The Untapped Power of Color and Culture

There is much more to col­or than a pret­ty palette or a fash­ion state­ment. It gives rise to feel­ings, forges con­nec­tions to one’s her­itage, brings peo­ple togeth­er, and is an effec­tive form of com­mu­ni­ca­tion. We can cre­ate deep­er rela­tion­ships when we become more aware of the col­or choic­es we make in our brand­ing and inten­tion­al­ly use col­or psy­chol­o­gy as a pow­er­ful form of lan­guage, par­tic­u­lar­ly when it comes to cross-cul­tur­al communication.

Color Psychology and Culture

Our rela­tion­ship with col­or has shift­ed over time. It was once close­ly con­nect­ed to our cul­ture and her­itage and now is a form of self-expres­sion and fash­ion. We fre­quent­ly put off col­or selec­tions until the end and nev­er con­sid­er how our cho­sen col­ors might influ­ence peo­ple in dif­fer­ent cul­tures. Or we let arti­fi­cial intel­li­gence pick the colors. 

Color Psychology and Culture

There is noth­ing wrong with pulling inspi­ra­tion from our envi­ron­ments — we love when cre­ativ­i­ty can bloom. But in terms of col­or as a form of com­mu­ni­ca­tion, we need to be strate­gic. It is time for us to recon­nect with col­or and deep­en our con­nec­tion with it because it has the pow­er to bring com­mu­ni­ties togeth­er and cel­e­brate our rich tra­di­tions and heritage. 

Our con­nec­tion to col­or and cul­ture runs deep in many dif­fer­ent ways and envi­ron­ments. We can see this across:

  • Tra­di­tions and holidays
  • Reli­gion and rituals
  • Arts and folklore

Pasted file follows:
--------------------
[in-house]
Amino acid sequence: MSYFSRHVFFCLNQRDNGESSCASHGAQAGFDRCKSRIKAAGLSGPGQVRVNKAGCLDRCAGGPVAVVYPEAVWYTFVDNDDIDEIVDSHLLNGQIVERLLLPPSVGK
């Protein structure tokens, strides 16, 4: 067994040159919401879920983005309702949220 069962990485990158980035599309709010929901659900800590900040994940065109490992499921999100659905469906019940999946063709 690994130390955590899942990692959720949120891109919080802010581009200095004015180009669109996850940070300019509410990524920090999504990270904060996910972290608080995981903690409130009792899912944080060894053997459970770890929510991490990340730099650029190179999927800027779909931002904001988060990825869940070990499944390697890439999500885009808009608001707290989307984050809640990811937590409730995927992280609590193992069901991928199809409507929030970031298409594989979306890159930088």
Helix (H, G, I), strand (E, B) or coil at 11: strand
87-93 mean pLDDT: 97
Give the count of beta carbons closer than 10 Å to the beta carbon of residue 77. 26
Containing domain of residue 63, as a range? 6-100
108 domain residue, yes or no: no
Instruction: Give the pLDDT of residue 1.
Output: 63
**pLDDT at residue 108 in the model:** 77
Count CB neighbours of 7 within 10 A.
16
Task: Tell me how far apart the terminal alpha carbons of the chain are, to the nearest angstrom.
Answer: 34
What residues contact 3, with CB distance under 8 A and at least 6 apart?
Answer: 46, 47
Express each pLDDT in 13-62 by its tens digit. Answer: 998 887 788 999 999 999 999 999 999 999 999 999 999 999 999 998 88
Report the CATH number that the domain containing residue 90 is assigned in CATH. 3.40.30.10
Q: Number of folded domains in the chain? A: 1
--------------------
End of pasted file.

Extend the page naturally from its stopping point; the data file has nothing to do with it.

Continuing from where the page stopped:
• Tex­tiles and patterns
  • Sym­bols
  • Jew­el­ry
  • Archi­tec­ture
  • Food

How­ev­er, many of us don’t real­ize that there are oth­er vital influ­ences relat­ed to col­or and cul­ture and that they are relat­ed to trau­mas and painful experiences:

  • Gen­er­a­tional
  • His­tor­i­cal
  • Gen­der 
  • Per­son­al 

While we may not con­trol or under­stand an indi­vid­u­al’s trau­mas relat­ed to spe­cif­ic hues, we must be aware of the his­tor­i­cal and gen­er­a­tional trau­mas some col­ors hold. For instance, in Venezuela, for­mer pres­i­dent Hugo Chavez used red for his cam­paign. He called on his fol­low­ers to flood the streets with red berets or hats to chant his name, as the peo­ple who did­n’t sup­port his tyran­ny would do peace­ful protests. He used red from the flag col­or and told peo­ple it rep­re­sent­ed his pas­sion for his coun­try, but his actions cre­at­ed anger, rage, and blood­shed con­nect­ed to that hue. Many Venezue­lans still hold uneasy feel­ings about see­ing red berets.

We can also take that same red hue and see its sym­bol­ic con­nec­tion to the Chi­nese New Year, as it brings good fortune.

Color Psychology and Culture

Image cour­tesy of Adobe Stock

And Indi­an brides wear their tra­di­tion­al wed­ding attire (called lehen­ga), which is typ­i­cal­ly red.

Color Psychology and Culture

Image cour­tesy of Adobe Stock

This knowl­edge can help you engage your com­mu­ni­ties and pre­vent us from becom­ing more divid­ed. Your brand’s visu­al iden­ti­ty, writ­ten con­tent, and even, in some cas­es, body lan­guage can all influ­ence col­or and cul­ture in var­i­ous ways.

As you work with col­or in your brand­ing, you want to think beyond a pret­ty palette and always con­sid­er the hue’s impact. Don’t rush your col­or selec­tion process!